Field Test: Rutgers University Livingston Campus

On August 16, 2012 and August 22, 2012, Starr Water Treatment Systems conducted a field test on a construction site at Rutgers University's Livingston Campus. The test material was dense red clay, with a flow rate of 70 GPM, 4,200 GPH, 100,800 GPD.

Rutgers University School of Engineering, Department of Civil and Environmental Engineering conducted independent testing of the Starr Water Treatment System WTS2000 at Rutgers University. The purpose of the test was to determine treatment levels for inclusion in Soil Erosion and Sediment Control Regulations as an accepted Portable Sediment Tank (PST) technology.





As depicted in the images, the soil on this site had an exceedingly high colloidal element. The water treated through the WTS2000 was dense with red clay.  The WTS2000 was used to pump out and cleanse the mixture of water and solids trapped in a surface detention pond receiving runoff from a construction site on the Livingston Campus of Rutgers University in Piscataway, NJ.



 Starr Water Treatment Systems crew arrived with the WTS2000 on the Rutgers University site. The WTS2000 unit was detached from the pickup truck and leveled by the site crew. Hard hats and neon vests were distributed to all present. Two discharge hoses were attached to the back of the unit and routed into a single four-inch discharge hose. A three-inch diaphragm pump was attached to the WTS2000 and placed into the sediment pond.

Dr. George Guo of Rutgers University and his team arrived on site and set up all testing materials, including plastic buckets to determine water flow and sample jars placed at specific locations alongside the WTS2000.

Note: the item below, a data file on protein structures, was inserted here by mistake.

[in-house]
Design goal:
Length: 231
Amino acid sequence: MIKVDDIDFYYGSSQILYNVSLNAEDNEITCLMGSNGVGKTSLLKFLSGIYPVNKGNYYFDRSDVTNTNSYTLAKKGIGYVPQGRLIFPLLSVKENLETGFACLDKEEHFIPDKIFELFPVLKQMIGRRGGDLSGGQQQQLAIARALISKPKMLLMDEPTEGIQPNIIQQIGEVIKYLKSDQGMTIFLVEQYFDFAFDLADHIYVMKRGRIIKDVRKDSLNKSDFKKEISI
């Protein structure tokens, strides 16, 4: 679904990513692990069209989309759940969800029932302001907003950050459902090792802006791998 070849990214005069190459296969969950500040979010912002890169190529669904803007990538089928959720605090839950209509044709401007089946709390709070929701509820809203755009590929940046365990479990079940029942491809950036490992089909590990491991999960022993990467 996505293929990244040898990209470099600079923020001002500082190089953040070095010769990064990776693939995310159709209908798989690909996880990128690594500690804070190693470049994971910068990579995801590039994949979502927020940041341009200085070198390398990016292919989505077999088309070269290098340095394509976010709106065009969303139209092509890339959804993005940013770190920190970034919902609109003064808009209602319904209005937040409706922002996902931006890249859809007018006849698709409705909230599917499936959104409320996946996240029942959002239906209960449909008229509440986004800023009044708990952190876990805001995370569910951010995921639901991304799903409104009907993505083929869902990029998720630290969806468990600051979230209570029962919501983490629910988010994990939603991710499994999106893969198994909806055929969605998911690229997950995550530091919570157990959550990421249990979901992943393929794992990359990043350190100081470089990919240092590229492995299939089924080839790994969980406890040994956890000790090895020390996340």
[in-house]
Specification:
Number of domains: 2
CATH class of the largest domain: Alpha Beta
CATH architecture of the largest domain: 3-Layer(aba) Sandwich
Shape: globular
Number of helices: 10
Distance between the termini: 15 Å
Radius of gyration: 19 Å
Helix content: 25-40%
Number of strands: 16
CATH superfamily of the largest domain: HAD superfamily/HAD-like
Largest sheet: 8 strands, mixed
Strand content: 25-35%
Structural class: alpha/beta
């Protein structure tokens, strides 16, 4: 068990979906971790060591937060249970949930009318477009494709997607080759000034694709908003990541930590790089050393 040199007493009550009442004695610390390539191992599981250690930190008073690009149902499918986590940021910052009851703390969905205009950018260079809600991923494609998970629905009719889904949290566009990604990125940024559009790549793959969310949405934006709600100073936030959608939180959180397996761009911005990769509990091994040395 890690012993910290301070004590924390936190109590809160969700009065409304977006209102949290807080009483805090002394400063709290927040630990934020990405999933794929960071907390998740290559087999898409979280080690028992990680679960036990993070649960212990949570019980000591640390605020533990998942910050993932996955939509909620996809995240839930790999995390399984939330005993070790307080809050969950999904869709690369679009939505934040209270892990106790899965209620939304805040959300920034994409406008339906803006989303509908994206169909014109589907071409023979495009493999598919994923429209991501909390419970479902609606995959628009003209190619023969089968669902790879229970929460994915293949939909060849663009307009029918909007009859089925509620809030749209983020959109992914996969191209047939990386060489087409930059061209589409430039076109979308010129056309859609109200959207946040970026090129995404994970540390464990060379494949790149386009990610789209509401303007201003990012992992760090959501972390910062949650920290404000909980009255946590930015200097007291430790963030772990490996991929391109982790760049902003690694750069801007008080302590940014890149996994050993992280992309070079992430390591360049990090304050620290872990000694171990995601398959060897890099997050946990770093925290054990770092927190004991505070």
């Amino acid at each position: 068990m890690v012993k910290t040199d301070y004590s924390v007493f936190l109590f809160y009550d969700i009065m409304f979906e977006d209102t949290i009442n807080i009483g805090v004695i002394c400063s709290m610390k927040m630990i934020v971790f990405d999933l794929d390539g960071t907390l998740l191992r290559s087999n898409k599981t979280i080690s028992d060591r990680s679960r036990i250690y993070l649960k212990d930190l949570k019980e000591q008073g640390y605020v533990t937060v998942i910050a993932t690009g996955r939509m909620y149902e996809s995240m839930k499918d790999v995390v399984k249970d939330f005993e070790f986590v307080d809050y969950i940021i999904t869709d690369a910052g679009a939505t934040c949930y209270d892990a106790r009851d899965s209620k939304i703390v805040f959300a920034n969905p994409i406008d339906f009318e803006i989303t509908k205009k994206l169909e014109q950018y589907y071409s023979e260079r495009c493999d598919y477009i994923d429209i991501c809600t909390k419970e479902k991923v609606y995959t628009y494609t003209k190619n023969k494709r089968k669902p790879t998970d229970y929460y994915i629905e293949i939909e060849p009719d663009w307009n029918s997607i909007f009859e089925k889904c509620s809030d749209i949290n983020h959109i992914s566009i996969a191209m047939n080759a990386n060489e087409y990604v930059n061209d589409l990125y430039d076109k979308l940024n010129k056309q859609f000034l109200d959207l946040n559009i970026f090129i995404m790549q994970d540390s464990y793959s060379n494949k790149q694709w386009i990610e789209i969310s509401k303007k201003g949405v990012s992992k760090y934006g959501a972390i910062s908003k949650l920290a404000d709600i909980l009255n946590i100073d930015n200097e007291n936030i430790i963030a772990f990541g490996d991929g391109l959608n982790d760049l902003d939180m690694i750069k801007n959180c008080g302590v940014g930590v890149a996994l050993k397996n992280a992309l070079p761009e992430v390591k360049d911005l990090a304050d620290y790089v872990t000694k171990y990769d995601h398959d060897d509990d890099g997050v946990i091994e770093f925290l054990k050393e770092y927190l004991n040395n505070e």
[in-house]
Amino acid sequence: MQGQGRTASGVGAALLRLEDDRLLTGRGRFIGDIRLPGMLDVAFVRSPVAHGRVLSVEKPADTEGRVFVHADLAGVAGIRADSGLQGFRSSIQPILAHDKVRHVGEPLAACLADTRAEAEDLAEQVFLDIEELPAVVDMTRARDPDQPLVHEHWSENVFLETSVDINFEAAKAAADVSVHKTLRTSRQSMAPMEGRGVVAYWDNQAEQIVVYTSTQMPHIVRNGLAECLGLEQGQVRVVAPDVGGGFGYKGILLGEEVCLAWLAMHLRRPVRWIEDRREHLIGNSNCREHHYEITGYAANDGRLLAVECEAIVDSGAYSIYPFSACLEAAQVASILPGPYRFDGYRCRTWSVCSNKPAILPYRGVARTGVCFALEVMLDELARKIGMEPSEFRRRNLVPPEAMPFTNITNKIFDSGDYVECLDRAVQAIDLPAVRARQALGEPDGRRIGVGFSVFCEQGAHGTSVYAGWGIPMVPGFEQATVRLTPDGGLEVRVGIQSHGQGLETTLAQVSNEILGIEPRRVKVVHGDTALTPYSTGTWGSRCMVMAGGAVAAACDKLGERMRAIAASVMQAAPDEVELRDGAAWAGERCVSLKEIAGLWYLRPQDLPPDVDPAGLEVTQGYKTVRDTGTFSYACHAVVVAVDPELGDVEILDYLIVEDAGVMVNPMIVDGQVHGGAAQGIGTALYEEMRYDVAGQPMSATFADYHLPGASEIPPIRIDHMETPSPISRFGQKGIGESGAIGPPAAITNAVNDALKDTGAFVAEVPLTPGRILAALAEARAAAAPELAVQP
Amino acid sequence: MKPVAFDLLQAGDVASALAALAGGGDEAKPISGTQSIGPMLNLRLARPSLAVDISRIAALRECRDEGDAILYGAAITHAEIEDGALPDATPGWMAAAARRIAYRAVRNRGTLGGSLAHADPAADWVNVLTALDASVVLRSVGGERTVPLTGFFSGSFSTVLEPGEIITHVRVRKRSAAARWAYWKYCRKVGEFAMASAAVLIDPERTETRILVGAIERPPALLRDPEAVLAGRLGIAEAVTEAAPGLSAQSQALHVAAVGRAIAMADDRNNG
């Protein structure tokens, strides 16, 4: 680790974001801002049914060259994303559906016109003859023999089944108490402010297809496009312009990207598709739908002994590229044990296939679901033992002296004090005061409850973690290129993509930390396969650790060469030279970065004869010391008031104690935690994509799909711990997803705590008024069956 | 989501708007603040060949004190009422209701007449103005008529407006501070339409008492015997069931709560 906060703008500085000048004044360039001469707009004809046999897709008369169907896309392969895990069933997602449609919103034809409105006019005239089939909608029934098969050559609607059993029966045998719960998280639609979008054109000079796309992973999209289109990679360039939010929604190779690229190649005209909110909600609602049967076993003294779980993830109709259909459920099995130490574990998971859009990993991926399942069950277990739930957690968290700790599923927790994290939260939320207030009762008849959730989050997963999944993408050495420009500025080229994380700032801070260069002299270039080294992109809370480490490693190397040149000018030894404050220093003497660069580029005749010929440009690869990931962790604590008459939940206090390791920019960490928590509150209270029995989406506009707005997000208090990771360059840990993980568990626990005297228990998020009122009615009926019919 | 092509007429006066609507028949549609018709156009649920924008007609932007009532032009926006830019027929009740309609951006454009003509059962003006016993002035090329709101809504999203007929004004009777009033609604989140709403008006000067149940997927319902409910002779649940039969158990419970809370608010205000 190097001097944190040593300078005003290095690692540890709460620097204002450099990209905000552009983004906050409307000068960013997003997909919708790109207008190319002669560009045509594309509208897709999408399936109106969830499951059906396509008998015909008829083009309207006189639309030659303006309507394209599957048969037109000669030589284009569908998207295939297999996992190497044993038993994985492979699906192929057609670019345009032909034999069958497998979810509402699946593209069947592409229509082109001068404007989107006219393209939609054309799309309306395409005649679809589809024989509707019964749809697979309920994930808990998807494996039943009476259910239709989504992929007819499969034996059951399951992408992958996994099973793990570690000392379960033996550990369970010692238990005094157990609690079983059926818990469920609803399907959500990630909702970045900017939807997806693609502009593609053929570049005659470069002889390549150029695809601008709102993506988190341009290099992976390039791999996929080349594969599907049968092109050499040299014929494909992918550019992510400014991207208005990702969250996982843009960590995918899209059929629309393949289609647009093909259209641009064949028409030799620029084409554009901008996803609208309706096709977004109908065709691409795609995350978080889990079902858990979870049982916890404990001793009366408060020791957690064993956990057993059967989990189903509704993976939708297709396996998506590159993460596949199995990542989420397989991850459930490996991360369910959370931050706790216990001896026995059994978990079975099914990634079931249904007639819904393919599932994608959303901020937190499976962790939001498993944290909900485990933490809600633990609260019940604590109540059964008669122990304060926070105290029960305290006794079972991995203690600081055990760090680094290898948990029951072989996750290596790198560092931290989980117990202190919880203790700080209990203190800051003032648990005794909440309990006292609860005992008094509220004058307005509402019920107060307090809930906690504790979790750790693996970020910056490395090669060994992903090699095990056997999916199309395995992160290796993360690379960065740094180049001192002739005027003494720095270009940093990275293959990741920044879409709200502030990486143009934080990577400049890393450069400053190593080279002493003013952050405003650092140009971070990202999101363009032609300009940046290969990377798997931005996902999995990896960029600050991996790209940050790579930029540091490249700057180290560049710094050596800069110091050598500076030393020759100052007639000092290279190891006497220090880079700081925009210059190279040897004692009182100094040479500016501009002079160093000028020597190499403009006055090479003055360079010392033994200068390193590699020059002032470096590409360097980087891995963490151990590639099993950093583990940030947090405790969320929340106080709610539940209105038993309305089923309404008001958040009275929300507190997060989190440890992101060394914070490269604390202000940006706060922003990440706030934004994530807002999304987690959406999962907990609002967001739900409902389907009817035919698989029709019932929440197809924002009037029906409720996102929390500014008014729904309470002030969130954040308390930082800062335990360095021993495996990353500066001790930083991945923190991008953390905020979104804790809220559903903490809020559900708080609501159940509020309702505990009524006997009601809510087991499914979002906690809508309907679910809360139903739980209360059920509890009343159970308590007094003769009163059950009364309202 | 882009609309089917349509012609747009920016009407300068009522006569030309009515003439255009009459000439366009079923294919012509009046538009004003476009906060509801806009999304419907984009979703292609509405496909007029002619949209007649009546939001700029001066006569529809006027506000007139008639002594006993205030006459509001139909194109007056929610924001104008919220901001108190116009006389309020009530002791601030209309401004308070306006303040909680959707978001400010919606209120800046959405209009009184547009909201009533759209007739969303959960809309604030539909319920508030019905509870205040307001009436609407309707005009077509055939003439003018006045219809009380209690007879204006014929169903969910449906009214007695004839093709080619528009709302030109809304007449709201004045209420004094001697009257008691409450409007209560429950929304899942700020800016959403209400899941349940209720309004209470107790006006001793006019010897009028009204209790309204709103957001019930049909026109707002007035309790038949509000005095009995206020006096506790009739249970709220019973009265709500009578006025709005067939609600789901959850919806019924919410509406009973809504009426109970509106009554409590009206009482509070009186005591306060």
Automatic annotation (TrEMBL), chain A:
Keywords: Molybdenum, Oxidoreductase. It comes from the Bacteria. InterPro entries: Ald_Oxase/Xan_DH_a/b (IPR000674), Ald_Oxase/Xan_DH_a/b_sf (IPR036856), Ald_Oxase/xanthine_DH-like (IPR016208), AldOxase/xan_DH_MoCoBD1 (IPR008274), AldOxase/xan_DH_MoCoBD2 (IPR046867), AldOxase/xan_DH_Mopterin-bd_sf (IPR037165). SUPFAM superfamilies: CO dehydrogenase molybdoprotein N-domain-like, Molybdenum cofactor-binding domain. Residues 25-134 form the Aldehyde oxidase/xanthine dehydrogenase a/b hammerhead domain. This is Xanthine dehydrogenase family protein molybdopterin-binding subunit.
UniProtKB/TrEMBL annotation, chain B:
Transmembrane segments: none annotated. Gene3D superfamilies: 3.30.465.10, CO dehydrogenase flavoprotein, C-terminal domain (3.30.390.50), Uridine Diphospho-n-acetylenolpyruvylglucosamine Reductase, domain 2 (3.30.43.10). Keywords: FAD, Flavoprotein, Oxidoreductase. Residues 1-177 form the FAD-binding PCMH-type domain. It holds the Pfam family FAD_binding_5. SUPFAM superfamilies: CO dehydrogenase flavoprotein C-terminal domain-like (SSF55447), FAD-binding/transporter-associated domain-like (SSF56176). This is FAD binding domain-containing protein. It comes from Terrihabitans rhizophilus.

The pumping of the water into the WTS2000 unit began at 11:30 AM. The influent water from the hose was split, flowing equally into both sides of the system. The water entering the WTS2000 was observed for flow and estimated turbidity reduction. The water was pumped through the unit continuously until it began to discharge from the system effluent.

Once the water began to exit the system, approximately 5 complete evacuations of the chambers were completed. Water samples were taken by Dr. Guo and his team. Starr Water Treatment Systems crew then took samples from the first, second, and third chambers and the effluent of the entire system. This process was repeated for both the left and the right sides of the unit.  The samples were marked and logged and placed in a cooler at approximately 4 degrees centigrade.

Once the final sample was taken, the pump was turned off.  The trays were observed for sediment collection and retention. The WTS2000 was drained back into the site pond. The lids were placed onto the unit and securely fastened.  Used tools and equipment were returned to their proper places and the WTS2000 was reattached to the truck and removed from the site. Cleaning of the unit occurred at Starr Water Treatment Systems facility.



The WTS2000 is effective in minimizing the effects of soil erosion and controlling sediment on construction sites. Visibly clearer water was returned to the surface detention pond. Additionally, certified, independent testing conducted by Rutgers University School of Engineering, Department of Civil and Environmental Engineering showed that the WTS2000 successfully obtained the following reduction rates:

  • Total Suspended Solids (TSS) - 80 %
  • Turbidity (NTU) - 64 %
  • Kjeldahl nitrogen (TKN) - 77 %
  • Total Phosphorus  (TP) - 83 %
  • Final Turbidity 270NTU



Onsite reductions in TSS, nitrates, phosphates, and turbidity prove that the WTS2000 is effective when used as a Portable Sediment Tank. By treating collected runoff, the WTS2000 prevents sediment and other pollutants from contaminating nearby waterways. The sediment collected within the unit may also be reclaimed for use on the site. The WTS2000 minimizes negative water quality impacts that result from post-construction runoff from site work in both new development and redevelopment applications.

Rutgers University Livingston Campus: Photos

Detention Pond at Rutgers University's Livingston Campus

Detention pond on Rutgers University Livingston campus during WTS2000 cleanout.

The WTS2000 at work

Starr Water Treatment Systems Field Supervisor monitoring influent and effluent chambers during August 22nd field test.

Treatment Samples

Samples of the influent (on left) and effluent (on right) during cleanout of Rutgers University Surface Detention Pond.

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